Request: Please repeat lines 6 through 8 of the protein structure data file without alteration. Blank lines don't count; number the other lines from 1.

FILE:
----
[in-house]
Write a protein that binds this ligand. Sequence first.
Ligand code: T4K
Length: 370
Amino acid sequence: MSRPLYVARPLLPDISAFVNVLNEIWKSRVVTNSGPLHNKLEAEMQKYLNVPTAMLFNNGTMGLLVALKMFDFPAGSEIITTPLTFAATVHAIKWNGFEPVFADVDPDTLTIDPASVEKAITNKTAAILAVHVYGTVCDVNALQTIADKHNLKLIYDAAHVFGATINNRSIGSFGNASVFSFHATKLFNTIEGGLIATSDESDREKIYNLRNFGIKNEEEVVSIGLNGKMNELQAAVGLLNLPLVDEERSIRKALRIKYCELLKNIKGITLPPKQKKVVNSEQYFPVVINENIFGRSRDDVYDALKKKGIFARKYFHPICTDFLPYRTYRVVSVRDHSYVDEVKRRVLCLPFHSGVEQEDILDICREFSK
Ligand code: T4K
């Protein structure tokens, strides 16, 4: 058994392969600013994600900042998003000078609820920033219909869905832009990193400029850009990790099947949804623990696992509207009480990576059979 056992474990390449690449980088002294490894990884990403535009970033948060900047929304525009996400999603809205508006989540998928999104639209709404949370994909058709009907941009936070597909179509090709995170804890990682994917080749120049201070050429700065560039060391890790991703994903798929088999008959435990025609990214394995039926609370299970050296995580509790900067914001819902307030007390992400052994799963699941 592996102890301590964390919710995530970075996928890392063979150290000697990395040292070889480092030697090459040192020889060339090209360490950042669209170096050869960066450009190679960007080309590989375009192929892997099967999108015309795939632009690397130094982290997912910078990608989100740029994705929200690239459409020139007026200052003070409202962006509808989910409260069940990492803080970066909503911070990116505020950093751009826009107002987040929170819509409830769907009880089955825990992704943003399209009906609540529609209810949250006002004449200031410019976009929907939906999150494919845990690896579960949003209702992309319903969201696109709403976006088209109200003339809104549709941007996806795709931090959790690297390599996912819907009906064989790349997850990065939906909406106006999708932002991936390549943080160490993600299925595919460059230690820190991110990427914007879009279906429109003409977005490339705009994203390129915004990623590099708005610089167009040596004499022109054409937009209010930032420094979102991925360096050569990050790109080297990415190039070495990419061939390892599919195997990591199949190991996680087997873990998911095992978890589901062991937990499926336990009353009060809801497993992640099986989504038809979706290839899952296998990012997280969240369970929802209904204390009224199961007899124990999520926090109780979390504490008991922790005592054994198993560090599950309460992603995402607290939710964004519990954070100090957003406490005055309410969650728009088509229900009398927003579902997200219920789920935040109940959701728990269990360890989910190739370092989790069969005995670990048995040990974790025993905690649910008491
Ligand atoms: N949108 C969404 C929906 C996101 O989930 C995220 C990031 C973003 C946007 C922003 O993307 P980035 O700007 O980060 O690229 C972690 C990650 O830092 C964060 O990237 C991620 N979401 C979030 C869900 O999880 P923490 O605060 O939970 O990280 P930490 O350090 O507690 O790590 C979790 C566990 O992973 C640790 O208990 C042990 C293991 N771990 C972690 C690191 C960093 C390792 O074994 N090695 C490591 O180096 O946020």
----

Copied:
Ligand code: T4K
């Protein structure tokens, strides 16, 4: 058994392969600013994600900042998003000078609820920033219909869905832009990193400029850009990790099947949804623990696992509207009480990576059979 056992474990390449690449980088002294490894990884990403535009970033948060900047929304525009996400999603809205508006989540998928999104639209709404949370994909058709009907941009936070597909179509090709995170804890990682994917080749120049201070050429700065560039060391890790991703994903798929088999008959435990025609990214394995039926609370299970050296995580509790900067914001819902307030007390992400052994799963699941 592996102890301590964390919710995530970075996928890392063979150290000697990395040292070889480092030697090459040192020889060339090209360490950042669209170096050869960066450009190679960007080309590989375009192929892997099967999108015309795939632009690397130094982290997912910078990608989100740029994705929200690239459409020139007026200052003070409202962006509808989910409260069940990492803080970066909503911070990116505020950093751009826009107002987040929170819509409830769907009880089955825990992704943003399209009906609540529609209810949250006002004449200031410019976009929907939906999150494919845990690896579960949003209702992309319903969201696109709403976006088209109200003339809104549709941007996806795709931090959790690297390599996912819907009906064989790349997850990065939906909406106006999708932002991936390549943080160490993600299925595919460059230690820190991110990427914007879009279906429109003409977005490339705009994203390129915004990623590099708005610089167009040596004499022109054409937009209010930032420094979102991925360096050569990050790109080297990415190039070495990419061939390892599919195997990591199949190991996680087997873990998911095992978890589901062991937990499926336990009353009060809801497993992640099986989504038809979706290839899952296998990012997280969240369970929802209904204390009224199961007899124990999520926090109780979390504490008991922790005592054994198993560090599950309460992603995402607290939710964004519990954070100090957003406490005055309410969650728009088509229900009398927003579902997200219920789920935040109940959701728990269990360890989910190739370092989790069969005995670990048995040990974790025993905690649910008491
Ligand atoms: N949108 C969404 C929906 C996101 O989930 C995220 C990031 C973003 C946007 C922003 O993307 P980035 O700007 O980060 O690229 C972690 C990650 O830092 C964060 O990237 C991620 N979401 C979030 C869900 O999880 P923490 O605060 O939970 O990280 P930490 O350090 O507690 O790590 C979790 C566990 O992973 C640790 O208990 C042990 C293991 N771990 C972690 C690191 C960093 C390792 O074994 N090695 C490591 O180096 O946020």